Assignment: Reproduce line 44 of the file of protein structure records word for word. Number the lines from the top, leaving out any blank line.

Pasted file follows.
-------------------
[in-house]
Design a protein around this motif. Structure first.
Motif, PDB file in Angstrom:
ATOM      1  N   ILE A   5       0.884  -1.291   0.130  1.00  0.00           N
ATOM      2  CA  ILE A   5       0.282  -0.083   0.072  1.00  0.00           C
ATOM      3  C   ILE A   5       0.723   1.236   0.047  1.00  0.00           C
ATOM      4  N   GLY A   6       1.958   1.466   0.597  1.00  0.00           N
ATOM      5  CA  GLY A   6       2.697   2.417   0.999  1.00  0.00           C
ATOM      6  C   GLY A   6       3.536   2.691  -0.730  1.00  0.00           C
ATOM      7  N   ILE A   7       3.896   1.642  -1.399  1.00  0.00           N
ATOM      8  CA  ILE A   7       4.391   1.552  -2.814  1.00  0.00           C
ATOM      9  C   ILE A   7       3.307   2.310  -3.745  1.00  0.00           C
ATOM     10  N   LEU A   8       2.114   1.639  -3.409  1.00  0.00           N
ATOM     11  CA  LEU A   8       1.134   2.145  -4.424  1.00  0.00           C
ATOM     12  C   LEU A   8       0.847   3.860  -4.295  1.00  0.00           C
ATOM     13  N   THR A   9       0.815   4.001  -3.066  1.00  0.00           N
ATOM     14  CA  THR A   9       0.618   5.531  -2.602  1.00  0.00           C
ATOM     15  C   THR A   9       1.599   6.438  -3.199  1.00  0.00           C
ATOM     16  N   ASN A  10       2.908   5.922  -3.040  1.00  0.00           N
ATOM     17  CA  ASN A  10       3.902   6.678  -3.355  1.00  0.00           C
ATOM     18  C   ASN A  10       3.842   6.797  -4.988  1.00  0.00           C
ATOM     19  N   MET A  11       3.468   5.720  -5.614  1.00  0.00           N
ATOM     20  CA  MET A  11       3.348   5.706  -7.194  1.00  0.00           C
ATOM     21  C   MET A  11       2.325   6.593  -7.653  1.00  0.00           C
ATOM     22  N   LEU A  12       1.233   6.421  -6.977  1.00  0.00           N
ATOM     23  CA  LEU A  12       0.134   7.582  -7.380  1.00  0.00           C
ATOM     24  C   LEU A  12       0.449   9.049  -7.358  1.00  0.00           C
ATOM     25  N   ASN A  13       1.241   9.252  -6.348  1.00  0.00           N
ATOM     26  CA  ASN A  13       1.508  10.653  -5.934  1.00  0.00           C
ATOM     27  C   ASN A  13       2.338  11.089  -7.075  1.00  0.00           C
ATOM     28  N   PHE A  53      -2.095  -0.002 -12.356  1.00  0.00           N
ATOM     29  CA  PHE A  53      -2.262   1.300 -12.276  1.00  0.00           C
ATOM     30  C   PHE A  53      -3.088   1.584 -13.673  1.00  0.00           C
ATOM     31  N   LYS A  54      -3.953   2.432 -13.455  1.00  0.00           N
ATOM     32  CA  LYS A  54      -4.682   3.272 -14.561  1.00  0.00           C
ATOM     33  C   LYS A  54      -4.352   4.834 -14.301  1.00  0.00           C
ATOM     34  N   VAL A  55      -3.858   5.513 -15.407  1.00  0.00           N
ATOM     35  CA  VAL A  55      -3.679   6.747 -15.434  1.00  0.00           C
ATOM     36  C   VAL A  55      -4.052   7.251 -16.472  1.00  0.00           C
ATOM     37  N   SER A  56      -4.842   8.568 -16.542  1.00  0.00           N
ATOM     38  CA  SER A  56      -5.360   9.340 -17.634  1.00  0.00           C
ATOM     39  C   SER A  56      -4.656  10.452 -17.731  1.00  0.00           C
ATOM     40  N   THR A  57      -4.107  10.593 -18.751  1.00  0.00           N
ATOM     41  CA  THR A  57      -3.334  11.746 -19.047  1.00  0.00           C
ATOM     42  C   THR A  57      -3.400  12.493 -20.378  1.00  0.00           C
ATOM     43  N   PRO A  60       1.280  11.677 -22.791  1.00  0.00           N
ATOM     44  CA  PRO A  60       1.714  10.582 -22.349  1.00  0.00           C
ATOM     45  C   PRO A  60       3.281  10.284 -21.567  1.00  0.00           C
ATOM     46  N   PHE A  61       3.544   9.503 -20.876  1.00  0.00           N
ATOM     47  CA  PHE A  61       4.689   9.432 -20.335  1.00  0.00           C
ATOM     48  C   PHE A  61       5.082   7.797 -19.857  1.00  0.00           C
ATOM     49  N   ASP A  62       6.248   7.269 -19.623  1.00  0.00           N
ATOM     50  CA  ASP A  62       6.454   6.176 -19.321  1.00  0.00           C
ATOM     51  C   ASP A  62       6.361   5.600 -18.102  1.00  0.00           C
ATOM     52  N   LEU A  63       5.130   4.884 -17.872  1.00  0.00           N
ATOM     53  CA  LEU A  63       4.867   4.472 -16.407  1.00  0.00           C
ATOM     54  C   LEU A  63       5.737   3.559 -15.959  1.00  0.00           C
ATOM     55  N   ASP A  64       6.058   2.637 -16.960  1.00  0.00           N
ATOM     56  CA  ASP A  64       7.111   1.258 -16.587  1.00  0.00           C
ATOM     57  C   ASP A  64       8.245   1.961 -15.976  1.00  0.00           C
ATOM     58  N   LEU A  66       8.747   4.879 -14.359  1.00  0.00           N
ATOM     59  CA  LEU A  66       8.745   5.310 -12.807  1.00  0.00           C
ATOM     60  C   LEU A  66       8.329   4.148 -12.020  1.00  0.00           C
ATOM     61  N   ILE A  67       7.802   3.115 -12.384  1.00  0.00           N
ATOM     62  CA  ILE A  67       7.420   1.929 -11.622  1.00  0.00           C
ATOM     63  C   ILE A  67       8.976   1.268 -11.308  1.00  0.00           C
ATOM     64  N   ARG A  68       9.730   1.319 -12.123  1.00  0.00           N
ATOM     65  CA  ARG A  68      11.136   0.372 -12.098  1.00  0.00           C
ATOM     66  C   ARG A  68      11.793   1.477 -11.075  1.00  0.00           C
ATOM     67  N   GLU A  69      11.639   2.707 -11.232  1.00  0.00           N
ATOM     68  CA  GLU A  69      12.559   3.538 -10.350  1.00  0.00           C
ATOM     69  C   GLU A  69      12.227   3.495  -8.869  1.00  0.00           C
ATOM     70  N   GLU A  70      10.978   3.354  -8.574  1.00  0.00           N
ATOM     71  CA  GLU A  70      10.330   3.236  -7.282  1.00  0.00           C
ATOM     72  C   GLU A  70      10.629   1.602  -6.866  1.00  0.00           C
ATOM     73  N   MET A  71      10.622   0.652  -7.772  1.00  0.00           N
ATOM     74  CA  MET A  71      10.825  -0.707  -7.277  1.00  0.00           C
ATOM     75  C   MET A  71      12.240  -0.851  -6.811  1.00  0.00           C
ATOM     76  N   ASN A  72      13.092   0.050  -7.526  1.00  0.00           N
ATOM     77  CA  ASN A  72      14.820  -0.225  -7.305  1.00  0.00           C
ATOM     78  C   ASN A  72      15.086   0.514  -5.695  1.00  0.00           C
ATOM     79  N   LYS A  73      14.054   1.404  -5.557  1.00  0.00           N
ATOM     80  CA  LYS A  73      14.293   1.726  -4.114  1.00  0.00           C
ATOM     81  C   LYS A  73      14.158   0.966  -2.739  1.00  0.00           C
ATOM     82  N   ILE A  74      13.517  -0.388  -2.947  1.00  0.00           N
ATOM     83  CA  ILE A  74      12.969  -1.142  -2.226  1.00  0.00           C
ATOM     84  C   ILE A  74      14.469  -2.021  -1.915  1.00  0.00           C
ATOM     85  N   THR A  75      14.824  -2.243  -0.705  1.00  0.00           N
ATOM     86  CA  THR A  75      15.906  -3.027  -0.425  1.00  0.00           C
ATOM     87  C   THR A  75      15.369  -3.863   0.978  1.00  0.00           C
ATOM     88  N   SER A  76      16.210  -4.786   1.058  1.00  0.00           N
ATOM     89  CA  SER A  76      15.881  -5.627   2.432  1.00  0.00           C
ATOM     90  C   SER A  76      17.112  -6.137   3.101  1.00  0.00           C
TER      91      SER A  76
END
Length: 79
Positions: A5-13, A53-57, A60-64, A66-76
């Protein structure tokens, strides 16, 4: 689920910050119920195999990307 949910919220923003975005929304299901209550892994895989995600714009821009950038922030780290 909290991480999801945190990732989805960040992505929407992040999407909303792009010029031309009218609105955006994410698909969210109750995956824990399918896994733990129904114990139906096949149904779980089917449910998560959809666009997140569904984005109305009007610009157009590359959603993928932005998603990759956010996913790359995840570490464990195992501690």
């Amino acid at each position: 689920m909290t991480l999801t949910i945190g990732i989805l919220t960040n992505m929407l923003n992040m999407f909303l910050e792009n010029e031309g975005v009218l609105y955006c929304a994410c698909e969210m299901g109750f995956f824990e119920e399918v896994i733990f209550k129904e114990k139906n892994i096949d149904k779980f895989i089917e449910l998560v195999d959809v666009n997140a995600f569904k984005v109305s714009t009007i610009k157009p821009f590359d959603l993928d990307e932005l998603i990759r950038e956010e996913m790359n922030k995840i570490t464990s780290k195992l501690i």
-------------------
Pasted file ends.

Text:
ATOM     41  CA  THR A  57      -3.334  11.746 -19.047  1.00  0.00           C